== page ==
For 30 years, I was a television reporter, roaming the world to investigate stories that needed to be told and the public deserved to understand. The last stop along that journey was a return to the cradle that helped launch me in journalism: WJLA-TV in Washington. It was, at first, a sweet homecoming. I worked […]
The Kingdom of Mustang, one of the last remaining sanctuaries of ancient Tibetan Buddhist culture, is located on the north-central border of Nepal and Tibet. From September 15 to October 1, 2010, a small group of trekkers will follow the ancient trails of trade marked by mani walls, chortens and monasteries on our way to Lo Manthang, the walled capital of Mustang, where the King of Mustang continues to reign over this tiny Tibetan Buddhist kingdom.
Dr. Terri Homan: “Six months ago I had never heard of the commons. Perhaps the starting point for a world movement is spreading awareness, so there are more banner-carriers to work toward the change in consciousness that is required. Unless a critical mass of world citizens demand change, it is too easy for the rest to look away." Terri is a physician in the Chicago area, one of 49 people from four continents who enrolled in Common Course: An Introduction to the Global Commons. The four-week program consisted of readings, on-line discussions and weekly conference calls. On one occasion economist James Quilligan joined as a guest speaker.
The commons is the main focus of a group of collaborators from around the world called Commons Action for the United Nations. We are bringing awareness of our shared ecological and social resources— our commons—to UN policy and programs. Our goal is to highlight the necessity of commoning processes, where people at local levels claim sovereignty over the resources they depend on for their livelihoods and quality of life.
What might the world look like if governments and public policy actively helped people create and maintain their own commons? A major international conference hopes to find some preliminary answers at an historic gathering in Berlin, Germany, from October 31 to November 2, 2010.
The recent BP oil spill was a huge disaster, yet the Gulf of Mexico has long been an abused ecosystem. For decades, the Mississippi River has drained pollutants into the Gulf from nitrogen rich cornfields, chemically-treated golf courses, oil-polluted parking lots and sewage runoff. The Gulf is home to a huge and aging oil/chemicals infrastructure, including nearly 4,000 drilling and production platforms. Critical habitat for shrimp and fish is jammed together with heavy industry. Believing they need both industry and habitat, the loyalties of the local people are often conflicted: their voices often silenced. To re-energize them, new ideas are needed.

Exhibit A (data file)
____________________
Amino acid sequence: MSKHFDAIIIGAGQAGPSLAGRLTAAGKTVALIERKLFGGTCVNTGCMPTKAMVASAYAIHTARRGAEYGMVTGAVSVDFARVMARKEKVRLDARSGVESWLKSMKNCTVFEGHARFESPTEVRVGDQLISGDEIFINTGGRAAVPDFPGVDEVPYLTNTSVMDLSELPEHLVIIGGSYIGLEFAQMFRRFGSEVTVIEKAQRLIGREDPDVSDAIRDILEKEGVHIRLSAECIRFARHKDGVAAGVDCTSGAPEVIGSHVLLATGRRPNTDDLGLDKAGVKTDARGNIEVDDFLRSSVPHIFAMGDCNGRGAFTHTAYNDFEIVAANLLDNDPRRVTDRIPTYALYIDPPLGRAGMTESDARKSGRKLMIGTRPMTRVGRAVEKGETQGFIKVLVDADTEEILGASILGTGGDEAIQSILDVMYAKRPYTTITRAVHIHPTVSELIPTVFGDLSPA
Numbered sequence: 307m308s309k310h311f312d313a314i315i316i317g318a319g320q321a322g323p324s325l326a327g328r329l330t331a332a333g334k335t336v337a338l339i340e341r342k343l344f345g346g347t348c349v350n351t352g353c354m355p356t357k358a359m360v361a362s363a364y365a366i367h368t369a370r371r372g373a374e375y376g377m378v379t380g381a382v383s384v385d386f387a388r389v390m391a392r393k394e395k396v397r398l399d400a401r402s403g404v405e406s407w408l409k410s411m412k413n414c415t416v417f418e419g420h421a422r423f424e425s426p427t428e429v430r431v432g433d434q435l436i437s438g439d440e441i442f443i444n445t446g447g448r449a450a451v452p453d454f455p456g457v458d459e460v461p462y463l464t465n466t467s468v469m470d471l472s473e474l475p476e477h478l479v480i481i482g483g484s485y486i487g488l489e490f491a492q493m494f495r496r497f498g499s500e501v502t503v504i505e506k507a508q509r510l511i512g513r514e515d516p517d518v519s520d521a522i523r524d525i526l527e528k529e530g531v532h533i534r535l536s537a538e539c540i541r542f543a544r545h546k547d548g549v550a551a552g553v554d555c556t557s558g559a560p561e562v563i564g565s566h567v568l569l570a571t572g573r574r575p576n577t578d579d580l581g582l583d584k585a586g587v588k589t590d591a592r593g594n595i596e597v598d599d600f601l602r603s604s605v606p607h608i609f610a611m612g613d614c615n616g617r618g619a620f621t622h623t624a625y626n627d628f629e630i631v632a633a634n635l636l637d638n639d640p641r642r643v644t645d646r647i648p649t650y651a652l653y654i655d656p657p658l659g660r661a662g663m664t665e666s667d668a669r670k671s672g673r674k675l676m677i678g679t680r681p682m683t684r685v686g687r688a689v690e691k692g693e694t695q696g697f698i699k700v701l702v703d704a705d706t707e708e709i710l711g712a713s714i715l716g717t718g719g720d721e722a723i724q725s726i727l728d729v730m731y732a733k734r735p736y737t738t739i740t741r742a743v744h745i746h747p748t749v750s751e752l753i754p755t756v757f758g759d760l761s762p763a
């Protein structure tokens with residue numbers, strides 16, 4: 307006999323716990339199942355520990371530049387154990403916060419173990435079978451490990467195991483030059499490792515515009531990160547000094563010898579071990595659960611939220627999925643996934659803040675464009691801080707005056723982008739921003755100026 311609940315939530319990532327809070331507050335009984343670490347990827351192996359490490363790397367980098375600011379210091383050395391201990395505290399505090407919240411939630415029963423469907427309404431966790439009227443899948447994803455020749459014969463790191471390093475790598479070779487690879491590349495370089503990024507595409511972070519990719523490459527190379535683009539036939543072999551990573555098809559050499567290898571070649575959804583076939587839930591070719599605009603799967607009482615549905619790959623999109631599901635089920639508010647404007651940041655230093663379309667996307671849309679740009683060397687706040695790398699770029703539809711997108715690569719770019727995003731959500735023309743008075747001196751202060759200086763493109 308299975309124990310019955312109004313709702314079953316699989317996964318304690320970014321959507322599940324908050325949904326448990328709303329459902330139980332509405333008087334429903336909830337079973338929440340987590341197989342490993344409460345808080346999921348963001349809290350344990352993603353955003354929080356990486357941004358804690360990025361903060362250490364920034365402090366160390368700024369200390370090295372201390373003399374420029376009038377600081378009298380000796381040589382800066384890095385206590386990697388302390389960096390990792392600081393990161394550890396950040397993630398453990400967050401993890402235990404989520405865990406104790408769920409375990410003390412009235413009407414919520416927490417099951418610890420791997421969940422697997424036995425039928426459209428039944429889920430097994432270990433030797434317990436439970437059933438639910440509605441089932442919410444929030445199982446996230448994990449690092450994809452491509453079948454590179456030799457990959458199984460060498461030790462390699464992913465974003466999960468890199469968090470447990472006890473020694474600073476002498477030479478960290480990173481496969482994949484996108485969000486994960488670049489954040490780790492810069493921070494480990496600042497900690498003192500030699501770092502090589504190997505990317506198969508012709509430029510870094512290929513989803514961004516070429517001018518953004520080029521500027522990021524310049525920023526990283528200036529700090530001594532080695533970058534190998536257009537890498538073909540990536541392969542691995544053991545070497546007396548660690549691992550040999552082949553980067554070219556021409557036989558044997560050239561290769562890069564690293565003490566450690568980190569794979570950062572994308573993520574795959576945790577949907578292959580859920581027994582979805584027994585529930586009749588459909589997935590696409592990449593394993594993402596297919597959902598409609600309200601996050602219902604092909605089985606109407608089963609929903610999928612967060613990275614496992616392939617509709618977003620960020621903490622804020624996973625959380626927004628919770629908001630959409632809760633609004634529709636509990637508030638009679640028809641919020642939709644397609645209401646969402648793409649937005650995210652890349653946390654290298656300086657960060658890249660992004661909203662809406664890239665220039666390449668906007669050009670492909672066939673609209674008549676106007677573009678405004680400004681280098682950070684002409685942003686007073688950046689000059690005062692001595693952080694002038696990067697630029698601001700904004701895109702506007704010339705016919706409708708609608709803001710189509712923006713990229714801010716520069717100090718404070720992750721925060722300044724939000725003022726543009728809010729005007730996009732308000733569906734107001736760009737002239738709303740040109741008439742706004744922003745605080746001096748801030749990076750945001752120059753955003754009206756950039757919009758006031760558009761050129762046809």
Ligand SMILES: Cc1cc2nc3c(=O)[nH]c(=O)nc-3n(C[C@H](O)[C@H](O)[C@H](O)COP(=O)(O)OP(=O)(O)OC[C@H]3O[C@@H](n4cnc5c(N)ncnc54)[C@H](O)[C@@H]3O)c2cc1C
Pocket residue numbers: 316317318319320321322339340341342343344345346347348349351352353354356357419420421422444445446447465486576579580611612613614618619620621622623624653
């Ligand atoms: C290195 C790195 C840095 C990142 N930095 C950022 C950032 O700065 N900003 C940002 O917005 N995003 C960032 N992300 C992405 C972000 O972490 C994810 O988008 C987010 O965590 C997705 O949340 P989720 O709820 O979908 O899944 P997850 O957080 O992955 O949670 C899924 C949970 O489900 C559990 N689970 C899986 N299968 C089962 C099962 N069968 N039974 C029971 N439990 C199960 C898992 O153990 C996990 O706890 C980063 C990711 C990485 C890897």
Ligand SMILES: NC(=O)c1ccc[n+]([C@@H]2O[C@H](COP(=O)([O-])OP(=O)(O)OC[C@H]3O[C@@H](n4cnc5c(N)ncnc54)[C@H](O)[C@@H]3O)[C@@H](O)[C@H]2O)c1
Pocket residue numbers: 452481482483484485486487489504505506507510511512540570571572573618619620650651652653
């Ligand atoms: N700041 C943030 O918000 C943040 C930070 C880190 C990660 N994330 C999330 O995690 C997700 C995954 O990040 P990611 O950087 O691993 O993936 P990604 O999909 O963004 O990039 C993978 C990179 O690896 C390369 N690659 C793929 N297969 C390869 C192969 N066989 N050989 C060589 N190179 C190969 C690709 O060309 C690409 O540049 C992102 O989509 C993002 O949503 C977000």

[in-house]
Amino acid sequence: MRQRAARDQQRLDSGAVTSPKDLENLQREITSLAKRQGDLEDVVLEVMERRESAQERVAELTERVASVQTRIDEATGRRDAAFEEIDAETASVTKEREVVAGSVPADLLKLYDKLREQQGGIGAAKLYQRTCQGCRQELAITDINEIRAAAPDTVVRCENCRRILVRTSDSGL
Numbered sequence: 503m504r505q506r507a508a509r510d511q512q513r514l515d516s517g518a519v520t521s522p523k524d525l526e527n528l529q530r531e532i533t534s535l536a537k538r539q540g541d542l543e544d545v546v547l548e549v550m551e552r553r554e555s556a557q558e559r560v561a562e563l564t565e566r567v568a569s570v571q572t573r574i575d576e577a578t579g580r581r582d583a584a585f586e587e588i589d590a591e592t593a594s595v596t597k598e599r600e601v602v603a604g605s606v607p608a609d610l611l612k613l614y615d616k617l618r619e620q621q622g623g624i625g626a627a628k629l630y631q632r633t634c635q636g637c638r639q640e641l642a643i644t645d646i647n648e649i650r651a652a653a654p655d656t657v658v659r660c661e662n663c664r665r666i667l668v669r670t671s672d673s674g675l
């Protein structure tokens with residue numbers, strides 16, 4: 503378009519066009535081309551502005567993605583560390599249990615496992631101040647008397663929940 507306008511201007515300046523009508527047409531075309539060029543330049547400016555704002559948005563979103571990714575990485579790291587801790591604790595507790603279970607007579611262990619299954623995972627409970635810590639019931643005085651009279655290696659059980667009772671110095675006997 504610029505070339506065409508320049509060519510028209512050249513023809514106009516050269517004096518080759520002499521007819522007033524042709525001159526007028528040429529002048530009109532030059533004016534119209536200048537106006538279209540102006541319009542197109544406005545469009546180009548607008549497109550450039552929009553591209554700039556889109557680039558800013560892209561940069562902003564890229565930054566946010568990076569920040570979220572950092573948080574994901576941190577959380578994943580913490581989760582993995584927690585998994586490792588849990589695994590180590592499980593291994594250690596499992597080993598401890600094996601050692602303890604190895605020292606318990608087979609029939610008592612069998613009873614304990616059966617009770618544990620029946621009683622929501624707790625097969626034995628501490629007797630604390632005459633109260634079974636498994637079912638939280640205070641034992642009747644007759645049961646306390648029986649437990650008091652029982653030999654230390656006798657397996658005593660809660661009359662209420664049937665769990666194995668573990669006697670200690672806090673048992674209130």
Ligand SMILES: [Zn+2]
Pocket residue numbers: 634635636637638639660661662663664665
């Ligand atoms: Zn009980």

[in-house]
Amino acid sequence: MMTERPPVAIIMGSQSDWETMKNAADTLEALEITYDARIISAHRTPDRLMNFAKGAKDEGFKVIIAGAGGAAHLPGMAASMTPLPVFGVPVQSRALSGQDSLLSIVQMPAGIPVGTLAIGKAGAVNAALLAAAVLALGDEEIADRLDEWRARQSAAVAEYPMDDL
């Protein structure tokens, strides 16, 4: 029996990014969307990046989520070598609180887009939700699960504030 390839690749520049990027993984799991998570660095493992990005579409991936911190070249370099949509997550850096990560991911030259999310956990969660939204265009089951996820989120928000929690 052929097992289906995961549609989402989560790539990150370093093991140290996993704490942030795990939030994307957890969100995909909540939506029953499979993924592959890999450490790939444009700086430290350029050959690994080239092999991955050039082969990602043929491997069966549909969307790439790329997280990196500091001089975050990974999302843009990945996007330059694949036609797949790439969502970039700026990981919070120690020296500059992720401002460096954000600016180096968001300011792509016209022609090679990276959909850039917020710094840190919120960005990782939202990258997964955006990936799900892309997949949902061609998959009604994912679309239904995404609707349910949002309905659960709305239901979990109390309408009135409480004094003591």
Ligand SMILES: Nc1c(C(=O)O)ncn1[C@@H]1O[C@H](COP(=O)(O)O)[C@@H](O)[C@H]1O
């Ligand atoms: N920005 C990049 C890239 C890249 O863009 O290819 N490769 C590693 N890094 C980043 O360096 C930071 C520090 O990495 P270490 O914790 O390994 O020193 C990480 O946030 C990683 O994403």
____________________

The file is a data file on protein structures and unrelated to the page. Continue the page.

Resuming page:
The term may be unfamiliar, but the idea has been around for centuries. The commons is a new use of an old word, meaning “what we share”—and it offers fresh hope for a saner, safer, more enjoyable future. The commons refers to a wealth of valuable assets that belong to everyone. These range from clean air to wildlife preserves; from the judicial system to the Internet. Some are bestowed to us by nature; others are the product of cooperative human creativity. Certain elements of the commons are entirely new—think of Wikipedia. Others are centuries old—like colorful words and phrases from all the world’s languages. Anyone can use the commons, so long as there is enough left for everyone else. This is why finite commons, such as natural resources, must be sustainably and equitably managed.
On a gorgeous sunny morning the Kosmos team drove 30 minutes south to meet new economist Susan Witt on the picturesque grounds of the community land trust in Great Barrington, Massachusetts. She greeted us at the car and showed us inside the New Economics Institute’s rustic office building to a light-filled room with rows of bookshelves. Susan co-founded the BerkShares local currency program in 2006 and has watched as this experiment in community empowerment has garnered international media attention. Since putting the currency into circulation, the BerkShares website has received more than 7 million hits—an impressive number even before you consider that the institute has a staff of just three. About $2.6M BerkShares are invigorating the financial bloodstream of the Berkshires, Susan’s home region, and the program’s goal is steadfastly being realized. BerkShares provides a model to other progressive communities around the world that want to establish their own more self-sufficient, independent, resilient and sustainable economies.
When I received an invitation to tell my story of how I got involved in teaching and why I spread the word about Kosmos, I was greatly honored but also very apprehensive. I am a professional translator/interpreter and a language instructor and only write sporadically for a blog that some of my former students started. But, like so many other times in my life, I closed my eyes and leapt.
Myanmar—Burma—is unlike anyplace I have seen before, even in extensive travels on four continents. It’s a land of contradictions, breathtakingly beautiful and vibrant, yet poor and isolated. A former British colony, and under Japanese occupation during the second World War, the country has been run by a military dictatorship since 1962, and has been virtually closed to interaction with the outside world.
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